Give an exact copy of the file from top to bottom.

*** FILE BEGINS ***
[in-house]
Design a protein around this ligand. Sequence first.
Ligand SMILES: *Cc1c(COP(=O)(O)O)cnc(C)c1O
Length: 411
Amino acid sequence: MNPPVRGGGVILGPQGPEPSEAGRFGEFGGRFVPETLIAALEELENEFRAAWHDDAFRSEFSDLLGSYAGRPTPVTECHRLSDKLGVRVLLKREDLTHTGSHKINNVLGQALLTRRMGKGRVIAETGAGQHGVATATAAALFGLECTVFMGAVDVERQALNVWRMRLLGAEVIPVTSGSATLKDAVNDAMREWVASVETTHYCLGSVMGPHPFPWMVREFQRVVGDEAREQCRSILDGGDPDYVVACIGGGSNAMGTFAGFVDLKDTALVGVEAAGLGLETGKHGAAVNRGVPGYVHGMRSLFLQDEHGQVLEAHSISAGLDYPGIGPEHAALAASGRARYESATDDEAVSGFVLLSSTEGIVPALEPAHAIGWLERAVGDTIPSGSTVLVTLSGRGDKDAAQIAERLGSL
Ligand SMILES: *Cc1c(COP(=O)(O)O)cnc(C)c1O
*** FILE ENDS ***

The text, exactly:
[in-house]
Design a protein around this ligand. Sequence first.
Ligand SMILES: *Cc1c(COP(=O)(O)O)cnc(C)c1O
Length: 411
Amino acid sequence: MNPPVRGGGVILGPQGPEPSEAGRFGEFGGRFVPETLIAALEELENEFRAAWHDDAFRSEFSDLLGSYAGRPTPVTECHRLSDKLGVRVLLKREDLTHTGSHKINNVLGQALLTRRMGKGRVIAETGAGQHGVATATAAALFGLECTVFMGAVDVERQALNVWRMRLLGAEVIPVTSGSATLKDAVNDAMREWVASVETTHYCLGSVMGPHPFPWMVREFQRVVGDEAREQCRSILDGGDPDYVVACIGGGSNAMGTFAGFVDLKDTALVGVEAAGLGLETGKHGAAVNRGVPGYVHGMRSLFLQDEHGQVLEAHSISAGLDYPGIGPEHAALAASGRARYESATDDEAVSGFVLLSSTEGIVPALEPAHAIGWLERAVGDTIPSGSTVLVTLSGRGDKDAAQIAERLGSL
Ligand SMILES: *Cc1c(COP(=O)(O)O)cnc(C)c1O